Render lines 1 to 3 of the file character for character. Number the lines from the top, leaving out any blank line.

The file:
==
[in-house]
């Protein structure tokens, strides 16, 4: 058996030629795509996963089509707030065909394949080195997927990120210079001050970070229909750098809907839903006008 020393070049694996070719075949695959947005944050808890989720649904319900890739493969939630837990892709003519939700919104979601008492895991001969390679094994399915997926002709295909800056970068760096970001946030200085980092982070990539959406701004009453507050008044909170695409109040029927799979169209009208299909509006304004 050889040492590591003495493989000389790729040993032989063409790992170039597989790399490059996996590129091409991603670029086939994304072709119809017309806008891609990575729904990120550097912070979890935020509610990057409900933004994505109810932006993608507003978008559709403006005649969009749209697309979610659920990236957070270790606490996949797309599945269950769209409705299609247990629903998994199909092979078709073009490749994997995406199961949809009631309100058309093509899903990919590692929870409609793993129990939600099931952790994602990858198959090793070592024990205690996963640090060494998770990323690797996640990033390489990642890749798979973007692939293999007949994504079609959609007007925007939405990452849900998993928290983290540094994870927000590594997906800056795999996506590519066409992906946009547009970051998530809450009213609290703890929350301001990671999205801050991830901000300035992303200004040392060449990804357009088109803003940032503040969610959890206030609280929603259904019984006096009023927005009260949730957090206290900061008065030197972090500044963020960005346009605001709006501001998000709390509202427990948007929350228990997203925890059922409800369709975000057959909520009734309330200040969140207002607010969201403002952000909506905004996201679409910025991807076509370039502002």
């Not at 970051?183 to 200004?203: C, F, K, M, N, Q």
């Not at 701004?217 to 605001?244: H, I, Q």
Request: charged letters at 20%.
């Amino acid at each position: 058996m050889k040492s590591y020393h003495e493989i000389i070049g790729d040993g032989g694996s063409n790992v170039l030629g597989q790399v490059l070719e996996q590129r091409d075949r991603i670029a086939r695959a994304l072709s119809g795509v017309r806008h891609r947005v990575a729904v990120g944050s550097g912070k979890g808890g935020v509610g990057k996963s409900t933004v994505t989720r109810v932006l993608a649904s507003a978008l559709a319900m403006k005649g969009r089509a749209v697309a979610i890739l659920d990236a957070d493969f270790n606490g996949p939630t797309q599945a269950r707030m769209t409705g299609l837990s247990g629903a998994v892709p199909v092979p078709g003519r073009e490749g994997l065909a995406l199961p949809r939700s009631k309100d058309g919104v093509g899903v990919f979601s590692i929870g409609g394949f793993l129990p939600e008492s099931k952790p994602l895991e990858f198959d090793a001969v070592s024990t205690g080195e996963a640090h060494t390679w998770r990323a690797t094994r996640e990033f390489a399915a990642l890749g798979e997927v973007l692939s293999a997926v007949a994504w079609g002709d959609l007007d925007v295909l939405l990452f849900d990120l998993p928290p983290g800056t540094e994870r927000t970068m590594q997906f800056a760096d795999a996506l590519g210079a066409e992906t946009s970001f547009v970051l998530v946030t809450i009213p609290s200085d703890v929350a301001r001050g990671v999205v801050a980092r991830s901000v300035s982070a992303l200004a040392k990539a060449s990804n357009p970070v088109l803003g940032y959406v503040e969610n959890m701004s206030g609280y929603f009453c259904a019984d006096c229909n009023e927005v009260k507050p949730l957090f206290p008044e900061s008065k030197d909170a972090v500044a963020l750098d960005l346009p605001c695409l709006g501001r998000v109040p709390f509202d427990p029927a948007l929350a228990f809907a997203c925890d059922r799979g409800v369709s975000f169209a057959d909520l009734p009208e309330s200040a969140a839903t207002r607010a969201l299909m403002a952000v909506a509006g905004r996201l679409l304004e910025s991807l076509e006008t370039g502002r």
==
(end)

[in-house]
């Protein structure tokens, strides 16, 4: 058996030629795509996963089509707030065909394949080195997927990120210079001050970070229909750098809907839903006008 020393070049694996070719075949695959947005944050808890989720649904319900890739493969939630837990892709003519939700919104979601008492895991001969390679094994399915997926002709295909800056970068760096970001946030200085980092982070990539959406701004009453507050008044909170695409109040029927799979169209009208299909509006304004 050889040492590591003495493989000389790729040993032989063409790992170039597989790399490059996996590129091409991603670029086939994304072709119809017309806008891609990575729904990120550097912070979890935020509610990057409900933004994505109810932006993608507003978008559709403006005649969009749209697309979610659920990236957070270790606490996949797309599945269950769209409705299609247990629903998994199909092979078709073009490749994997995406199961949809009631309100058309093509899903990919590692929870409609793993129990939600099931952790994602990858198959090793070592024990205690996963640090060494998770990323690797996640990033390489990642890749798979973007692939293999007949994504079609959609007007925007939405990452849900998993928290983290540094994870927000590594997906800056795999996506590519066409992906946009547009970051998530809450009213609290703890929350301001990671999205801050991830901000300035992303200004040392060449990804357009088109803003940032503040969610959890206030609280929603259904019984006096009023927005009260949730957090206290900061008065030197972090500044963020960005346009605001709006501001998000709390509202427990948007929350228990997203925890059922409800369709975000057959909520009734309330200040969140207002607010969201403002952000909506905004996201679409910025991807076509370039502002």
């Not at 970051?183 to 200004?203: C, F, K, M, N, Q």